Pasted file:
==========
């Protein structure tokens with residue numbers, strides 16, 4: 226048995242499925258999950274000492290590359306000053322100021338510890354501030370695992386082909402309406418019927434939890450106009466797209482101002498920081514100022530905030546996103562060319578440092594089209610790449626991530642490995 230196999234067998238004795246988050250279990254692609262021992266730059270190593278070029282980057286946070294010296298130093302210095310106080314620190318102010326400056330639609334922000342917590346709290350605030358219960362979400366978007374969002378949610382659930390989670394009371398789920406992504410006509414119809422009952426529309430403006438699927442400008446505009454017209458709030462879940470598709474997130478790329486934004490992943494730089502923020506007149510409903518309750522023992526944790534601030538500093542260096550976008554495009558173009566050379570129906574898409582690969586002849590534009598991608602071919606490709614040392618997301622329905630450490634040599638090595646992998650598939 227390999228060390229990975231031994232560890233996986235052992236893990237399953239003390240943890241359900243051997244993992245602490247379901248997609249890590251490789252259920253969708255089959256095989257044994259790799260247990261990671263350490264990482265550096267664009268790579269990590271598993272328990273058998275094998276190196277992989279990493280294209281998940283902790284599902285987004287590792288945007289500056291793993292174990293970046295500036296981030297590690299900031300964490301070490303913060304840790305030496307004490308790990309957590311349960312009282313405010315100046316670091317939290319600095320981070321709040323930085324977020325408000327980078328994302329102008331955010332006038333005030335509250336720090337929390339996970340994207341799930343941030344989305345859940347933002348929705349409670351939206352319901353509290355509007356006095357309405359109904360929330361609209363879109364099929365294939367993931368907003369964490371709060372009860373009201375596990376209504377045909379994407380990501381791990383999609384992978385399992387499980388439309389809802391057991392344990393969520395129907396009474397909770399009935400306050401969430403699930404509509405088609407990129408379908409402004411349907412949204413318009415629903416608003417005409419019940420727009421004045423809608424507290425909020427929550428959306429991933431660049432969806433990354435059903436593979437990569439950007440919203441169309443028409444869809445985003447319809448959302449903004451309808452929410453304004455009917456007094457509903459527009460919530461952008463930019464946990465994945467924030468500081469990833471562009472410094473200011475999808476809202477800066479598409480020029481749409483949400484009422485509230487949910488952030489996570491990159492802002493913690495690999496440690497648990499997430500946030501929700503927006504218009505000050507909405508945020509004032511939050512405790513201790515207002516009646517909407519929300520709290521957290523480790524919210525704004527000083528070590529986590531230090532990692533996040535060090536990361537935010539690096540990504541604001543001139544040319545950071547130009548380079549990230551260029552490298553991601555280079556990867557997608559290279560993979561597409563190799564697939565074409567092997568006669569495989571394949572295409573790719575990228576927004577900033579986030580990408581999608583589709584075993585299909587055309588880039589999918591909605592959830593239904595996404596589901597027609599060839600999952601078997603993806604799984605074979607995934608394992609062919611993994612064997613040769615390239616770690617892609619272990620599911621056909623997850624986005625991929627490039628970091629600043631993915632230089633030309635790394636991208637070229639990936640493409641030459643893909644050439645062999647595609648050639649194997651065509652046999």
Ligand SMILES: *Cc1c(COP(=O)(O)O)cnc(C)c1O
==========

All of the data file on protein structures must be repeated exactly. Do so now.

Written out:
């Protein structure tokens with residue numbers, strides 16, 4: 226048995242499925258999950274000492290590359306000053322100021338510890354501030370695992386082909402309406418019927434939890450106009466797209482101002498920081514100022530905030546996103562060319578440092594089209610790449626991530642490995 230196999234067998238004795246988050250279990254692609262021992266730059270190593278070029282980057286946070294010296298130093302210095310106080314620190318102010326400056330639609334922000342917590346709290350605030358219960362979400366978007374969002378949610382659930390989670394009371398789920406992504410006509414119809422009952426529309430403006438699927442400008446505009454017209458709030462879940470598709474997130478790329486934004490992943494730089502923020506007149510409903518309750522023992526944790534601030538500093542260096550976008554495009558173009566050379570129906574898409582690969586002849590534009598991608602071919606490709614040392618997301622329905630450490634040599638090595646992998650598939 227390999228060390229990975231031994232560890233996986235052992236893990237399953239003390240943890241359900243051997244993992245602490247379901248997609249890590251490789252259920253969708255089959256095989257044994259790799260247990261990671263350490264990482265550096267664009268790579269990590271598993272328990273058998275094998276190196277992989279990493280294209281998940283902790284599902285987004287590792288945007289500056291793993292174990293970046295500036296981030297590690299900031300964490301070490303913060304840790305030496307004490308790990309957590311349960312009282313405010315100046316670091317939290319600095320981070321709040323930085324977020325408000327980078328994302329102008331955010332006038333005030335509250336720090337929390339996970340994207341799930343941030344989305345859940347933002348929705349409670351939206352319901353509290355509007356006095357309405359109904360929330361609209363879109364099929365294939367993931368907003369964490371709060372009860373009201375596990376209504377045909379994407380990501381791990383999609384992978385399992387499980388439309389809802391057991392344990393969520395129907396009474397909770399009935400306050401969430403699930404509509405088609407990129408379908409402004411349907412949204413318009415629903416608003417005409419019940420727009421004045423809608424507290425909020427929550428959306429991933431660049432969806433990354435059903436593979437990569439950007440919203441169309443028409444869809445985003447319809448959302449903004451309808452929410453304004455009917456007094457509903459527009460919530461952008463930019464946990465994945467924030468500081469990833471562009472410094473200011475999808476809202477800066479598409480020029481749409483949400484009422485509230487949910488952030489996570491990159492802002493913690495690999496440690497648990499997430500946030501929700503927006504218009505000050507909405508945020509004032511939050512405790513201790515207002516009646517909407519929300520709290521957290523480790524919210525704004527000083528070590529986590531230090532990692533996040535060090536990361537935010539690096540990504541604001543001139544040319545950071547130009548380079549990230551260029552490298553991601555280079556990867557997608559290279560993979561597409563190799564697939565074409567092997568006669569495989571394949572295409573790719575990228576927004577900033579986030580990408581999608583589709584075993585299909587055309588880039589999918591909605592959830593239904595996404596589901597027609599060839600999952601078997603993806604799984605074979607995934608394992609062919611993994612064997613040769615390239616770690617892609619272990620599911621056909623997850624986005625991929627490039628970091629600043631993915632230089633030309635790394636991208637070229639990936640493409641030459643893909644050439645062999647595609648050639649194997651065509652046999």
Ligand SMILES: *Cc1c(COP(=O)(O)O)cnc(C)c1O